“I’m going to give you the name of a sports-entertainer or someone in the business & you’re going to tell me what you think of them in as few sentences as possible, to the best of your ability. Do you understand?” Vince asked.
“Yes,” I responded.
“Good,” he answered.
When I woke, I scribbled down as many of the names & my answers as I could recall. When I reviewed the list, I was startled to see that I agreed with everything my Dream Self had stated.
If you’re an objective fan and/or true wrestling historian, I think you’ll agree with what you’re about to read; but you’re probably not, because the internet is mostly full of people shouting their un-researched, CAPS-FILLED opinions. (Actually, there are several Truths I think you’ll agree with & many you won’t, like most articles online.)
Whatever your opinion, please share it in the comments section (for Eric, not me. I don’t care about your opinions).
Back to the Dream…
The wrestlers stared at me silently. Vince spoke again with his 1st question & my Truths began:
“Who is the greatest wrestling promoter who ever lived?”
TRUTH 1: Vince McMahon Jr.
“Who is the 2nd greatest wrestling promoter who ever lived?”
TRUTH 2: Vince McMahon Sr. because even back in the territory-days, everybody wanted to wrestle at MSG. You hadn’t made it, until you’d wrestled “up North”.
Also, because I want this job. (Muffled laughter from many of the boys until Vince told them to “Quiet down.”)
“Who’s the 3rd?”
TRUTH 3: Everybody else. Debating the shiniest penny between them doesn’t matter.
“Jimmy Snuka,” Vince said, easing me into things, I felt, with an easy question.
TRUTH 4: Inspirational, as history has shown. Did his book say if he killed his ex-girlfriend back in the day? (The audience murmured.)
“Bret Hart?” Vince pressed.
TRUTH 5: No one loves Bret more than Bret. But in the ring, he’s the best technical wrestler to lace up a pair of boots. Lou Thesz & Karl Gotch are only important to historians. If you want to know how to apply wrestling holds & build & tell a story, no one’s better.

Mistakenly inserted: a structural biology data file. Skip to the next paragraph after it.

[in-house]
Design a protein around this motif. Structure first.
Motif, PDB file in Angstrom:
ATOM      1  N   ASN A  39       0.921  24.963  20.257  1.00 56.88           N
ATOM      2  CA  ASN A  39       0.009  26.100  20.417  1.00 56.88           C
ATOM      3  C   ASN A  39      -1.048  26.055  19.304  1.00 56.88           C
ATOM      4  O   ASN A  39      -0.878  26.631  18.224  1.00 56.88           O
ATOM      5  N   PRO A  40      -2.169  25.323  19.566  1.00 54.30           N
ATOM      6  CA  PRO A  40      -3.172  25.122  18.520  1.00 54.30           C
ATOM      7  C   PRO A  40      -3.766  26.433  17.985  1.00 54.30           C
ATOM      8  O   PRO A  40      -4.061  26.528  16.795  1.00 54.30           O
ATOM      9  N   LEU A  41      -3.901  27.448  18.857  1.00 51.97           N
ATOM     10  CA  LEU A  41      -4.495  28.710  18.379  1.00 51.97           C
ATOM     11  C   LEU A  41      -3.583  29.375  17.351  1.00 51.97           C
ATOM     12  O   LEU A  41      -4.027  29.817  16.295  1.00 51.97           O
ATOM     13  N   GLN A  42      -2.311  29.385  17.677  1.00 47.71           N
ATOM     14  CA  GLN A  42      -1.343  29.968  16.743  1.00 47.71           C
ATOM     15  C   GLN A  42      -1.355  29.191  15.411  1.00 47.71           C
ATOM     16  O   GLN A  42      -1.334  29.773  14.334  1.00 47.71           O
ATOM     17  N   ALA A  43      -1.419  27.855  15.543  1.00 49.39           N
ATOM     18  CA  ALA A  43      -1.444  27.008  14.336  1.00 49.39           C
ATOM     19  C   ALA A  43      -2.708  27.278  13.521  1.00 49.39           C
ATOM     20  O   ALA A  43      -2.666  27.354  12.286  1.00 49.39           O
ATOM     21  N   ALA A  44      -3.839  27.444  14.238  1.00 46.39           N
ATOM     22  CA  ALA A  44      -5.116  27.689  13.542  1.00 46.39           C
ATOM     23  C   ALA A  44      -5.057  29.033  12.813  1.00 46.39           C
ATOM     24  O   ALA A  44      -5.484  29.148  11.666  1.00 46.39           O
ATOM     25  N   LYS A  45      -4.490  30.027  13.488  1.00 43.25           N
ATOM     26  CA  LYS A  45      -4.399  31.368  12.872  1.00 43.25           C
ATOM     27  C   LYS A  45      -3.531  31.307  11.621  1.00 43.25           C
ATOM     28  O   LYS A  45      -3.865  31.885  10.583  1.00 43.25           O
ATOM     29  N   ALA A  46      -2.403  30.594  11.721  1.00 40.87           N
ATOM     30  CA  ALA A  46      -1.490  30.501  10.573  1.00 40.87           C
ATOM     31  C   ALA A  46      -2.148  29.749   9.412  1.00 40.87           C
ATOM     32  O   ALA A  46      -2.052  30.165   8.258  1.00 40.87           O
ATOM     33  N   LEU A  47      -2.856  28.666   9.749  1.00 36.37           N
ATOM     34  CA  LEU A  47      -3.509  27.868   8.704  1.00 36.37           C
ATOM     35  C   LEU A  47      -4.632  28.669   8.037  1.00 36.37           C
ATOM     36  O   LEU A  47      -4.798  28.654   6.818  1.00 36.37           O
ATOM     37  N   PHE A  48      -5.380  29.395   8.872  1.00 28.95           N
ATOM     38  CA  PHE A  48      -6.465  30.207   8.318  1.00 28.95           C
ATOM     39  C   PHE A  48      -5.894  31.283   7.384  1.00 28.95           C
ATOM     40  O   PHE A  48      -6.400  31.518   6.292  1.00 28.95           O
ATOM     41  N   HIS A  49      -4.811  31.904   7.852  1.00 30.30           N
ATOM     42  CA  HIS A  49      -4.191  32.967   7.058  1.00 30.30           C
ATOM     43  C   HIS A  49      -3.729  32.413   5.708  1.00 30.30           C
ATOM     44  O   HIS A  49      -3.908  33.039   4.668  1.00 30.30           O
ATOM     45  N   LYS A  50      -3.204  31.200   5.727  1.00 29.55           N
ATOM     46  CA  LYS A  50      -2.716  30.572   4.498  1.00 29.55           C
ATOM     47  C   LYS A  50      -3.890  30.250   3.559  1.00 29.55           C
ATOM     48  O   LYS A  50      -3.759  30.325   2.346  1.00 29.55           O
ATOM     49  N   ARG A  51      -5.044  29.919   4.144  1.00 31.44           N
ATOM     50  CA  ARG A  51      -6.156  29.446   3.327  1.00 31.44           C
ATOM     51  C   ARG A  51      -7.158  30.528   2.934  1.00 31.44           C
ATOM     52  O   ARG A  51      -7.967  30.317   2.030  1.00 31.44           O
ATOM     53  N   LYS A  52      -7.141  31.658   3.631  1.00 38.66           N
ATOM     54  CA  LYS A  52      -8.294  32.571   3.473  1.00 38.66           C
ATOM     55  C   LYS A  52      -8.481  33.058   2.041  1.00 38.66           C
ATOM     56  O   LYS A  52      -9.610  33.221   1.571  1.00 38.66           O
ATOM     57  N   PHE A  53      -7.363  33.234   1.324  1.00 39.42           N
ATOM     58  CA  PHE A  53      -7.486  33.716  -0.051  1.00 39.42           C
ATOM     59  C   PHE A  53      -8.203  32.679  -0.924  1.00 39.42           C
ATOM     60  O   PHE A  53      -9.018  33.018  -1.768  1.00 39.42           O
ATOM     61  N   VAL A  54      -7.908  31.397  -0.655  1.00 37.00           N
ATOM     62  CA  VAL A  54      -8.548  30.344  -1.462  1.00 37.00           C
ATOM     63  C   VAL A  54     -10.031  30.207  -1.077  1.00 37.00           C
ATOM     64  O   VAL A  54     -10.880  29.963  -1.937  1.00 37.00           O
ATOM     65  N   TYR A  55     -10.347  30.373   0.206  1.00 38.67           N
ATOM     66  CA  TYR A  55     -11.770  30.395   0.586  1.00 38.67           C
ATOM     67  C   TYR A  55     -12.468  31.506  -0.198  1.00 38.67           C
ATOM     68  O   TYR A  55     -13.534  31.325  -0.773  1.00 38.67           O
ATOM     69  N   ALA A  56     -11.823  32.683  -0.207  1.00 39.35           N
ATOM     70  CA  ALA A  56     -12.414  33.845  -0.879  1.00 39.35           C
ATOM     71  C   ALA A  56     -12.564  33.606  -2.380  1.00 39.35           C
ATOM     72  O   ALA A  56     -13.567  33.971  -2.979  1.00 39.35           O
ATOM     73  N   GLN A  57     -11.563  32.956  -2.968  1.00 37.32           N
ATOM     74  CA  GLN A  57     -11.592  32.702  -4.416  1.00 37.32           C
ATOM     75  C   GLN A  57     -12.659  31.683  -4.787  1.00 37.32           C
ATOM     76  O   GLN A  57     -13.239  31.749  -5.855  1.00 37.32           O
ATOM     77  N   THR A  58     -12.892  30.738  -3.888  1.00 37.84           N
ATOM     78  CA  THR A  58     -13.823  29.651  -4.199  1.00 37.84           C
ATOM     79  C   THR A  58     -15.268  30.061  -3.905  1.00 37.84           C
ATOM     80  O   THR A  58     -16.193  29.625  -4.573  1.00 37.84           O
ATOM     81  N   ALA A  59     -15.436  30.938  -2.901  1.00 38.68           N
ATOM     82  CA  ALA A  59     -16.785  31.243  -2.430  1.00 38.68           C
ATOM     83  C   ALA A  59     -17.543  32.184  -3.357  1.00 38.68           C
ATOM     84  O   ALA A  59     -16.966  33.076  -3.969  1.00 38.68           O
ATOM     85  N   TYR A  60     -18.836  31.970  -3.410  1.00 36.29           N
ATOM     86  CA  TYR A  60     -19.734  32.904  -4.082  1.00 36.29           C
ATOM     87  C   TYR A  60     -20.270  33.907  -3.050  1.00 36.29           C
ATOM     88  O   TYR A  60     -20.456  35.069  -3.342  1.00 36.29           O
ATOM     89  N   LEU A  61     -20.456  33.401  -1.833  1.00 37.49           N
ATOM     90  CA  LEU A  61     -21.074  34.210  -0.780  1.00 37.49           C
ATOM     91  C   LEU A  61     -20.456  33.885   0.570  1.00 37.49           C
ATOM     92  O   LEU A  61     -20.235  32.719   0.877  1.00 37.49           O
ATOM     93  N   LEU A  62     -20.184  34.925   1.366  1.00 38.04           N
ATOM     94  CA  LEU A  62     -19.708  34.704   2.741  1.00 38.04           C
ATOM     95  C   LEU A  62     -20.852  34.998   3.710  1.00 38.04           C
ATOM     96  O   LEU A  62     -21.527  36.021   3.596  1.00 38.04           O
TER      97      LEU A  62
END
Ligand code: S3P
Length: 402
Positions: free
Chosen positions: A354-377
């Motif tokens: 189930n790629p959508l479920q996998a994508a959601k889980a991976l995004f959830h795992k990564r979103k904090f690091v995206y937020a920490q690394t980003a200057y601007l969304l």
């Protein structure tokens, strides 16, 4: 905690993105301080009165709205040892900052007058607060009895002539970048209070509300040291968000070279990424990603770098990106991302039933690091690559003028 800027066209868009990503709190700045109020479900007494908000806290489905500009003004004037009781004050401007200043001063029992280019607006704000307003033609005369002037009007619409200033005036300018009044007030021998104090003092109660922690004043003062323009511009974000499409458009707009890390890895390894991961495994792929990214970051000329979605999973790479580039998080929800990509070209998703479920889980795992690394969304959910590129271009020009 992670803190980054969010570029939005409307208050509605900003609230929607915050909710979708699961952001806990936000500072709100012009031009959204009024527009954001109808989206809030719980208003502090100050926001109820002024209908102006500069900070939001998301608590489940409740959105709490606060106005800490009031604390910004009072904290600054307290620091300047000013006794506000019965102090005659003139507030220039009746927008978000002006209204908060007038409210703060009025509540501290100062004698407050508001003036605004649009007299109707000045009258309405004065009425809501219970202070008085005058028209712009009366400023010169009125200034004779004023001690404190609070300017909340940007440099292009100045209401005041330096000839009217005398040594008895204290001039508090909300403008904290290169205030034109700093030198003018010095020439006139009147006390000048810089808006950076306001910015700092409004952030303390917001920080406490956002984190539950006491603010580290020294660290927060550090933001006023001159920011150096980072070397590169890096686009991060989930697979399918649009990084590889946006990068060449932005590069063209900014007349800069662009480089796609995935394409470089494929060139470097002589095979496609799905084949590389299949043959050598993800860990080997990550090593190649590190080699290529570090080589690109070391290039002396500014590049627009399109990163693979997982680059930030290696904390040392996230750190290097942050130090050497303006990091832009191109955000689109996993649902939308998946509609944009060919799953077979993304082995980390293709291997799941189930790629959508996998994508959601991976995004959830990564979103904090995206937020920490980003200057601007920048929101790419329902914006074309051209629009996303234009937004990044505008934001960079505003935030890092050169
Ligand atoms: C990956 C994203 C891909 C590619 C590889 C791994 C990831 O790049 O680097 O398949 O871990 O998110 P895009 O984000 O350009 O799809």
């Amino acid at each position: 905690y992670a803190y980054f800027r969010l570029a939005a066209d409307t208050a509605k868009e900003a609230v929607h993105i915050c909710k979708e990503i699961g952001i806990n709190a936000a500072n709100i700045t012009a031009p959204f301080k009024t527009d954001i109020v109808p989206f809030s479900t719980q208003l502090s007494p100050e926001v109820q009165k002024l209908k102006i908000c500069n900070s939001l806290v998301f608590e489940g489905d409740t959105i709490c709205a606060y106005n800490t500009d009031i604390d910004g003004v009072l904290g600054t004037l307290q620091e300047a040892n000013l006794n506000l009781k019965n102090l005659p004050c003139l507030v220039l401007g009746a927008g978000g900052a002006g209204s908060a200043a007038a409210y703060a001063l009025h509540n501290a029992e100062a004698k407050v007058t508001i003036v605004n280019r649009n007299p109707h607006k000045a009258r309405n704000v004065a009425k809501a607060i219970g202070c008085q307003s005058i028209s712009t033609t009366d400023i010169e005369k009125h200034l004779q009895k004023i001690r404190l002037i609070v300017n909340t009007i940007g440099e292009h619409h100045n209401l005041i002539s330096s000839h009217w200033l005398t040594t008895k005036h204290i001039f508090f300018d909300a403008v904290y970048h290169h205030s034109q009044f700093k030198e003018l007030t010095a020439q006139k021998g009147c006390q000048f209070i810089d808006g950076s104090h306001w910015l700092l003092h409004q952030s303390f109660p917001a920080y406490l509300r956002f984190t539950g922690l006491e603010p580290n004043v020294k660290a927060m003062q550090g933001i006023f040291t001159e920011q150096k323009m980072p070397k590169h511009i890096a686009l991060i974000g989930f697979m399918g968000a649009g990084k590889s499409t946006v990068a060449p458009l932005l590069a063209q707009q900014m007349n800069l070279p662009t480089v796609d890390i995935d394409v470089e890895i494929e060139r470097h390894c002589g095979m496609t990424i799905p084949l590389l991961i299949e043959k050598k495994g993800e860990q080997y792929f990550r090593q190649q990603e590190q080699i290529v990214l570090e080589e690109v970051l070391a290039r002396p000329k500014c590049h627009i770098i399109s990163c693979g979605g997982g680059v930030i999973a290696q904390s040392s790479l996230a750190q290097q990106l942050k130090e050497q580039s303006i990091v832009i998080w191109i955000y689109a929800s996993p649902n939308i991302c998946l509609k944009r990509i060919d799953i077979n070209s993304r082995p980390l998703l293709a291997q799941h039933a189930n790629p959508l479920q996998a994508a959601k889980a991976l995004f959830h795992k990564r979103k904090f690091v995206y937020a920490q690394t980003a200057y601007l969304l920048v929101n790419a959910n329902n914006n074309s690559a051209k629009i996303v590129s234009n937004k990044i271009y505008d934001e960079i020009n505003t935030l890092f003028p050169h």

“Shawn Michaels?” Vince pressed further.
TRUTH 6: The best, consistent, in-ring “performer” I’ve ever seen. Charismatic, athletic & flamboyant. Everything a champion should be.
“Who was better, Bret or Shawn?” Vince pressed harder. (Several wrestlers whose gazes had wandered turned back to me immediately.)
TRUTH 7: Bret was a better wrestler & Shawn was a better showman because flash beats substance (right or wrong) in the ring, 80% of the time. And in his later years, Shawn had the substance, too. Anyone who disagrees is lying to themselves, basing their judgment on the person & not the performer.
TRUTH 8: Talented, but lucky time-wise. In the late 80’s & 90’s (even in his prime) he’d have been a mid-carder. There was nothing exciting or relatable about him unless you were Italian.
NOTE: I’ve met Mr. Sammartino in real life. He’s the most-bitter millionaire you’ll ever come across. Only Sammartino is filled with more self-reverence than Bret Hart (whom I’ve also met; he was the polar-opposite of Bruno.)
TRUTH 9: Needs to retire before he’s forced to lose at Wrestlemania just because the buy-rates are down. (I saw a few heads in the audience nod.)
TRUTH 10: Lucky & smart, just not enough of both. (A few laughs that Vince let slide.)
TRUTH 11: Inconsequential. A footnote in wrestling history that you own in 5-10 years.
“The greatest manager in history?” (Several wrestlers leaned forward in their chairs.)
TRUTH 12: It’s a tie: Bobby Heenan & Jim Cornette. The Brain for his wit, mouth & ability to draw heat back when it wasn’t cheap. Cornette because of his knowledge, unparalleled passion & understanding of the business.
TRUTH 13: A true wrestler & fan, but blessed by time. For his size – if this was the mid-80’s – he’d be jobbing to Leapin’ Lanny Poffo.
“Randy Savage?” Vince asked nonchalantly. (Everyone stared through me.)
TRUTH 14: Knowing the history: No comment.
“I’d like a comment,” Vince answered, laughing.
TRUTH 14 (a): No words can really describe his sacrifice & contributions to the business. Un-equaled in so many ways & always will be. There will never be another Randy Savage, which is sad on so many levels but also strangely inspiring.